Clement Anselm Evans.

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of trust and public usefulness. From 1884 to 1887 he served as a
director of the State asylum at Williamsburg; is one of the board
of visitors of William and Mary college; was elected a presidential
elector on the Democratic ticket in 1888; and in 1891 was elected
to the Virginia senate by his district. The faithful and intelligent
service which he rendered the people in these positions, led to his
nomination for Congress in the Second district in 1892. He was
elected and worthily represented his district and the interests of
Virginia in the Fifty-third Congress and in the Fifty-fourth, being
re-elected by a decisive majority in 1894. Since the expiration of
his second term in Congress he has been engaged in his profes-
sion and in the management of his plantation.

John J. Tyler, a well-known business man of Lynchburg, was
born in Amherst county, in 1844. He was reared and educated
in his native county, and there at the age of eighteen years,
entered the service of the Confederate States as a private in the
Thirteenth Virginia infantry. He served as a private throughout
the remainder of the war, until he surrendered and was paroled
with the army at Appomattox. He fought with Jackson at Port
Republic, Winchester, Cross Keys and Kernstown, and in the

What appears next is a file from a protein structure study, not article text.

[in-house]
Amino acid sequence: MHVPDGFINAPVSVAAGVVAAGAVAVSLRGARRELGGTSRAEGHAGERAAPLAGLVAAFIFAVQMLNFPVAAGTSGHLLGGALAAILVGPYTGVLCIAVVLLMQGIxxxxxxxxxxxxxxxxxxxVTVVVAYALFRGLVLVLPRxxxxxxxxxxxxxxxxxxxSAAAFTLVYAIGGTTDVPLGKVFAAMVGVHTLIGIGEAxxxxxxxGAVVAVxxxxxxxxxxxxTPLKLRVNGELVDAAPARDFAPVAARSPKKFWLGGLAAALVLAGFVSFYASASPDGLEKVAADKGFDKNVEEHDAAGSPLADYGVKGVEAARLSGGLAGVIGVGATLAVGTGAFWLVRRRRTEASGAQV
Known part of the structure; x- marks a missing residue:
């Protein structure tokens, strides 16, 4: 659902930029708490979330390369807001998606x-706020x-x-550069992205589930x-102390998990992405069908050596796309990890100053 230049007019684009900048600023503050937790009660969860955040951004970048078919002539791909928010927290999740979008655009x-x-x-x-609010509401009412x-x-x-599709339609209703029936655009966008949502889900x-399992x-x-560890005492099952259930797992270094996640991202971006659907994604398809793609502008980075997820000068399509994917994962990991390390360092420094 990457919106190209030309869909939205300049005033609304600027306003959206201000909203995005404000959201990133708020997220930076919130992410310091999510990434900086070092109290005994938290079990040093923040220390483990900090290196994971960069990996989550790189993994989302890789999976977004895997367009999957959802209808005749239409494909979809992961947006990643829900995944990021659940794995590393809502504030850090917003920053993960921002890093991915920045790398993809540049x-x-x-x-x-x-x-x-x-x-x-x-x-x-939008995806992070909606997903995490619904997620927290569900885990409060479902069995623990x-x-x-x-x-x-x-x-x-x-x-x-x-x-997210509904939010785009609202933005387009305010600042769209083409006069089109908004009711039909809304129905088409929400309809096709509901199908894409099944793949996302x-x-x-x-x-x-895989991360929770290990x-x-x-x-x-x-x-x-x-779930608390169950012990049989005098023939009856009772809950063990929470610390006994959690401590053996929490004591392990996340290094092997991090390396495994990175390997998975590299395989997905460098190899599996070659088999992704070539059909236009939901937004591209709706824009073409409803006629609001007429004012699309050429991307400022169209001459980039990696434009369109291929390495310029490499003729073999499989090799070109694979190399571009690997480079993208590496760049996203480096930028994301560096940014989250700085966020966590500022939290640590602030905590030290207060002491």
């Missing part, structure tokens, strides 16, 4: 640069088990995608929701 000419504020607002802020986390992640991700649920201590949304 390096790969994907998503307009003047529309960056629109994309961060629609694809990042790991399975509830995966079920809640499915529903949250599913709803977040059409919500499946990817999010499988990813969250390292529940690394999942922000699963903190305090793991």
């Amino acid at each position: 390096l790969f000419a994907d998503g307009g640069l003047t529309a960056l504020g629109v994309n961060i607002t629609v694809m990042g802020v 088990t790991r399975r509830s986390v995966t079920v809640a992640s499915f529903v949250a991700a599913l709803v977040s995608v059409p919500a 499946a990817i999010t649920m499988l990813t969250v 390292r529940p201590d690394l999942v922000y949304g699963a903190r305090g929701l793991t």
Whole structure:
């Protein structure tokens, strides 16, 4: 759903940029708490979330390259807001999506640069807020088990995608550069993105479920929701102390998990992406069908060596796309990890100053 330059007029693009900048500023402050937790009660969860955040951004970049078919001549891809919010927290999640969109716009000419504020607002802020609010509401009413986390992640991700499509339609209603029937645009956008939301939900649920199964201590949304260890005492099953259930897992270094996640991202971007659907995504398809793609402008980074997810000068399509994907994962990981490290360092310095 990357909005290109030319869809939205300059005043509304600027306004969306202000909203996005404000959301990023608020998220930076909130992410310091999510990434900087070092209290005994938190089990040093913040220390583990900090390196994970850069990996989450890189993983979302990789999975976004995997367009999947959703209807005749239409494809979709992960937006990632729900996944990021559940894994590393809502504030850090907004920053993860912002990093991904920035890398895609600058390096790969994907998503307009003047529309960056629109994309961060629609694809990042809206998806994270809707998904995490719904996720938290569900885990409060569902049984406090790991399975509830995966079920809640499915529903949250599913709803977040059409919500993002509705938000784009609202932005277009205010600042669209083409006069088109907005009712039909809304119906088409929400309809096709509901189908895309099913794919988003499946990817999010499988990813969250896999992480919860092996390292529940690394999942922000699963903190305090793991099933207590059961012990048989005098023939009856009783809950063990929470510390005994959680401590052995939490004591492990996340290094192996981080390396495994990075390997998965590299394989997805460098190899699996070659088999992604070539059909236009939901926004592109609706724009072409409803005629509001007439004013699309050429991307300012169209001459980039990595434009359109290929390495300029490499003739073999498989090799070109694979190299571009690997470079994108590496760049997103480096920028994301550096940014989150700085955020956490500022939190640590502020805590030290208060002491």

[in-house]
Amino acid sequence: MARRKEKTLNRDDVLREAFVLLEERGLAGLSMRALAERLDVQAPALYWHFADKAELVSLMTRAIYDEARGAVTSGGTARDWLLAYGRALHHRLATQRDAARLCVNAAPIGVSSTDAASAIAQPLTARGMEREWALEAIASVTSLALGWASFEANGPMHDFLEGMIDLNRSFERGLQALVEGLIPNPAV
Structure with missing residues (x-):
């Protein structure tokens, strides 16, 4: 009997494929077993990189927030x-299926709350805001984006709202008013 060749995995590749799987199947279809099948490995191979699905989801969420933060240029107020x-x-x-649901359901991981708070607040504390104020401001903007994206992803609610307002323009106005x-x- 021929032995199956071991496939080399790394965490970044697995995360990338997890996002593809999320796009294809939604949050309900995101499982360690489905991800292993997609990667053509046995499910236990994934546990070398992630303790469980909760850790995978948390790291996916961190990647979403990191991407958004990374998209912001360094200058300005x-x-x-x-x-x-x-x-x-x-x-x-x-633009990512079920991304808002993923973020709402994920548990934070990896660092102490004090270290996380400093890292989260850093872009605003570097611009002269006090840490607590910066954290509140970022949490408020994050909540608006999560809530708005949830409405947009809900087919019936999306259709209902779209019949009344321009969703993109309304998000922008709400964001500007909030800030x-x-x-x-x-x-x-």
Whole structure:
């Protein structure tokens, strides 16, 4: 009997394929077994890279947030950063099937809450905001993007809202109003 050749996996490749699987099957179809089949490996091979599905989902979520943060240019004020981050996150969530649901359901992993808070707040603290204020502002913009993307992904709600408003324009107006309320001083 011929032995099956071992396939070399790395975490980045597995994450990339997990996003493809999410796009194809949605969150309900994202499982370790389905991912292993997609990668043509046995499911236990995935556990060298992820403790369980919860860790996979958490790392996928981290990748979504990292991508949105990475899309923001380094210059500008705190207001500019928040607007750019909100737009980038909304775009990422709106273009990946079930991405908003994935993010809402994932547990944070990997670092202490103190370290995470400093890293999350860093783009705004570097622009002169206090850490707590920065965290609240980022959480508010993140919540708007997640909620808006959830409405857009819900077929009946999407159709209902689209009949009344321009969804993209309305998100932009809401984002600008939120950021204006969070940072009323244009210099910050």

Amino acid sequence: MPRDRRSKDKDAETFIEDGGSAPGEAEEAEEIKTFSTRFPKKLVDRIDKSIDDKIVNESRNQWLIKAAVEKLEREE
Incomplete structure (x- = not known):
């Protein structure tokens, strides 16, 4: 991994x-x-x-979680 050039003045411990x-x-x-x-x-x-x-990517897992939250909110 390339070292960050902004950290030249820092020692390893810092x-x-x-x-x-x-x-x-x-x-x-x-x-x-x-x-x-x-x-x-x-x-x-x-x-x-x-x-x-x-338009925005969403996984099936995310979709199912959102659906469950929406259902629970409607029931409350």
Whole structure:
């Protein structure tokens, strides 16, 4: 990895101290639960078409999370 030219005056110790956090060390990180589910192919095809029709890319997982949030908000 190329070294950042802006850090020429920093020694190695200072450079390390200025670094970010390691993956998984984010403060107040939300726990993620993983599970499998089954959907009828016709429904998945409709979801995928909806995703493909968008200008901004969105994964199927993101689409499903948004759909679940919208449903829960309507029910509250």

Seven Days' battles on the peninsula, participated in the move-
ment against Washington under Early, and took part in the battle
of Monocacy, again in the valley met the enemy at Winchester
and Cedar Creek, and shared the fighting at Spottsylvania Court
House, Kelly's Ford and before Lynchburg. After the surrender
he returned to his home in Amherst county, and thence in the
fall of 1866 removed to Lynchburg, where he has since that date
been engaged in business.

Walker Wilson Tyler, of Lynchburg, was born in Amherst
county, in 1840, and was reared and educated in that county. In
the summer of 1862 he entered the Confederate service in Com-
pany B of the Twentieth battery heavy artillery, as a private, but
was at once detailed as secretary to Col. T. S. Rhett, chief of the
ordnance bureau under Gen. Josiah Gorgas. Mr. Tyler served in
this capacity until Colonel Rhett was sent to Europe on ordnance
duty, when he was detailed at Richmond in the quartermaster's
department, in which duty he continued until the evacuation of
the Confederate capital. In the spring of 1865 he was paroled at